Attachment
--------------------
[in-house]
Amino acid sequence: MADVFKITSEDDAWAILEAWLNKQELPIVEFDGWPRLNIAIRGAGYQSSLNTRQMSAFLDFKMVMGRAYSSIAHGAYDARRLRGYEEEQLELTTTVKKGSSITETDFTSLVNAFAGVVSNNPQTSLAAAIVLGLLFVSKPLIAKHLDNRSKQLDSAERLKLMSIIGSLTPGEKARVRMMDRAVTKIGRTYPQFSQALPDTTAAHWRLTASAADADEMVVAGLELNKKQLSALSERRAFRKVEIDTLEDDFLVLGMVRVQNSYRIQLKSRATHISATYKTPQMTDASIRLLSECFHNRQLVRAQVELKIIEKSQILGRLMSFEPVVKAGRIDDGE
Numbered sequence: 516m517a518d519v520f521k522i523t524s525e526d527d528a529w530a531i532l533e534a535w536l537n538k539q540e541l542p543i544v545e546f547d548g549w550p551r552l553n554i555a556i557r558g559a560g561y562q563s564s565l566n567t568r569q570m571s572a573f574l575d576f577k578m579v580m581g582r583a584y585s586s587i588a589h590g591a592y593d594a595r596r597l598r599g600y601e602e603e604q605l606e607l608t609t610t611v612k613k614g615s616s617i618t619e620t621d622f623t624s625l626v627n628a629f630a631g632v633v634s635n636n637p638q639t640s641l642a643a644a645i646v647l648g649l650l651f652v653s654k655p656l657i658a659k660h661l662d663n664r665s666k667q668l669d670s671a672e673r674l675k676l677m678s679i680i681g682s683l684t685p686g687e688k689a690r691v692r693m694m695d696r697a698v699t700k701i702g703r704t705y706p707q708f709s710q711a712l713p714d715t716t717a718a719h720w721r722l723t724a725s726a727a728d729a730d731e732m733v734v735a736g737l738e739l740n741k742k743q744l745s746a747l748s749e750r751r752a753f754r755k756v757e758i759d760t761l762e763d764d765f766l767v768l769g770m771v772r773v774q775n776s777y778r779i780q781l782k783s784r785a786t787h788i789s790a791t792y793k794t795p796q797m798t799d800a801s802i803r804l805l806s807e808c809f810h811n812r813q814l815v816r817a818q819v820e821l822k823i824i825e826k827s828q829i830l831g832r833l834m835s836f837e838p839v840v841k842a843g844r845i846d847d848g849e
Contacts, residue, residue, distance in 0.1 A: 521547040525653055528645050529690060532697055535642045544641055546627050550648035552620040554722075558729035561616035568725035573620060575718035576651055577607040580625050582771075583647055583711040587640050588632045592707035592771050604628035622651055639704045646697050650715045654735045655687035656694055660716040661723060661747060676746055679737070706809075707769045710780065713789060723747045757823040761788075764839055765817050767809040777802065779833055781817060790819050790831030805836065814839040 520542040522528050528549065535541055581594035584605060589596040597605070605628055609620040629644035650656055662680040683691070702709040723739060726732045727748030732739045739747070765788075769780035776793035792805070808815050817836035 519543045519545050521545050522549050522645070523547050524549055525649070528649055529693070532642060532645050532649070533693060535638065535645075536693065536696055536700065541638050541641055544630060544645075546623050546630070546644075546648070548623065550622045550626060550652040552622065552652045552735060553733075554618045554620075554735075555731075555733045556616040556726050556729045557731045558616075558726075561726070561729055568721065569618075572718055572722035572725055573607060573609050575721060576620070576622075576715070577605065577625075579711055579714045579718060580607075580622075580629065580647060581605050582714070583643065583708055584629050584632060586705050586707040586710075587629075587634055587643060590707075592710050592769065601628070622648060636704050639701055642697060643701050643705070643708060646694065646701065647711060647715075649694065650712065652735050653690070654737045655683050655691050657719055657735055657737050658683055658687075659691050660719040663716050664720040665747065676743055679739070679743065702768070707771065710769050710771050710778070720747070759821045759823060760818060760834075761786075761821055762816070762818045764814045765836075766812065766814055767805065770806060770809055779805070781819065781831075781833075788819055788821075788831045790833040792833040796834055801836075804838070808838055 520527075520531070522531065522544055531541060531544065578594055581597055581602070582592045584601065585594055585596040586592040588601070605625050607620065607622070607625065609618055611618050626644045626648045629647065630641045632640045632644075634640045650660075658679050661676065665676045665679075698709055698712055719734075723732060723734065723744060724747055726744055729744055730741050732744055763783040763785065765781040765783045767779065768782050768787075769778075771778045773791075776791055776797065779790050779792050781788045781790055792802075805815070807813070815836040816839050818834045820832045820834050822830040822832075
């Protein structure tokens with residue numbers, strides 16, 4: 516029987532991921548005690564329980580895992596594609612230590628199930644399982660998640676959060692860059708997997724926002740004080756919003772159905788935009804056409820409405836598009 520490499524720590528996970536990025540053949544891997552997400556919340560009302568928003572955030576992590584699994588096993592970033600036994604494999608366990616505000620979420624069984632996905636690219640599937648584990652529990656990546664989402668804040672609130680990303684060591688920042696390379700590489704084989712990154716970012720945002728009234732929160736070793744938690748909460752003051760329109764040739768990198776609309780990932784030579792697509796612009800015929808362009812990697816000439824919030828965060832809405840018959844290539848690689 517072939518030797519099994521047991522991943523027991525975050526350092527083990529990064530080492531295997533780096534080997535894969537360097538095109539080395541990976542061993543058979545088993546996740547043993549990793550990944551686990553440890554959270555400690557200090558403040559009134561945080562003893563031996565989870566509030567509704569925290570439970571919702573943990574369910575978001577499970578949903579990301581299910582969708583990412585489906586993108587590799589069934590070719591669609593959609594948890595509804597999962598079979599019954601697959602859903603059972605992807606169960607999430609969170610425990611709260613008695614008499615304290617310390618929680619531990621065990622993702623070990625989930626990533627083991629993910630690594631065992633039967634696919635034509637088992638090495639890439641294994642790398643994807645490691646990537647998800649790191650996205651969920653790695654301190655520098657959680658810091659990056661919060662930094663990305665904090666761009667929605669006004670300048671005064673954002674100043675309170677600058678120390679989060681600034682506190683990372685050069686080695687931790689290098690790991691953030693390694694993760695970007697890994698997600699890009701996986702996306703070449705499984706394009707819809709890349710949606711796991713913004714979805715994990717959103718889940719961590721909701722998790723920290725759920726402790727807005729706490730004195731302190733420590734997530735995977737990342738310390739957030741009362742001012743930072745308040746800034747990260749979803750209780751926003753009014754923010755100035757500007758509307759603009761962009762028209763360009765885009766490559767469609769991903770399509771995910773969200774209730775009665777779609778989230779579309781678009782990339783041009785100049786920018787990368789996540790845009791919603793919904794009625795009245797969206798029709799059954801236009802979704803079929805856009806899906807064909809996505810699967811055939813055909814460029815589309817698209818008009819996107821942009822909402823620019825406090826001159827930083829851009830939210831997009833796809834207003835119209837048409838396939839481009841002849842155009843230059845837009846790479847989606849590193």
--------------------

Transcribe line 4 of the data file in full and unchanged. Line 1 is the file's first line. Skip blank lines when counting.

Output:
Contacts, residue, residue, distance in 0.1 A: 521547040525653055528645050529690060532697055535642045544641055546627050550648035552620040554722075558729035561616035568725035573620060575718035576651055577607040580625050582771075583647055583711040587640050588632045592707035592771050604628035622651055639704045646697050650715045654735045655687035656694055660716040661723060661747060676746055679737070706809075707769045710780065713789060723747045757823040761788075764839055765817050767809040777802065779833055781817060790819050790831030805836065814839040 520542040522528050528549065535541055581594035584605060589596040597605070605628055609620040629644035650656055662680040683691070702709040723739060726732045727748030732739045739747070765788075769780035776793035792805070808815050817836035 519543045519545050521545050522549050522645070523547050524549055525649070528649055529693070532642060532645050532649070533693060535638065535645075536693065536696055536700065541638050541641055544630060544645075546623050546630070546644075546648070548623065550622045550626060550652040552622065552652045552735060553733075554618045554620075554735075555731075555733045556616040556726050556729045557731045558616075558726075561726070561729055568721065569618075572718055572722035572725055573607060573609050575721060576620070576622075576715070577605065577625075579711055579714045579718060580607075580622075580629065580647060581605050582714070583643065583708055584629050584632060586705050586707040586710075587629075587634055587643060590707075592710050592769065601628070622648060636704050639701055642697060643701050643705070643708060646694065646701065647711060647715075649694065650712065652735050653690070654737045655683050655691050657719055657735055657737050658683055658687075659691050660719040663716050664720040665747065676743055679739070679743065702768070707771065710769050710771050710778070720747070759821045759823060760818060760834075761786075761821055762816070762818045764814045765836075766812065766814055767805065770806060770809055779805070781819065781831075781833075788819055788821075788831045790833040792833040796834055801836075804838070808838055 520527075520531070522531065522544055531541060531544065578594055581597055581602070582592045584601065585594055585596040586592040588601070605625050607620065607622070607625065609618055611618050626644045626648045629647065630641045632640045632644075634640045650660075658679050661676065665676045665679075698709055698712055719734075723732060723734065723744060724747055726744055729744055730741050732744055763783040763785065765781040765783045767779065768782050768787075769778075771778045773791075776791055776797065779790050779792050781788045781790055792802075805815070807813070815836040816839050818834045820832045820834050822830040822832075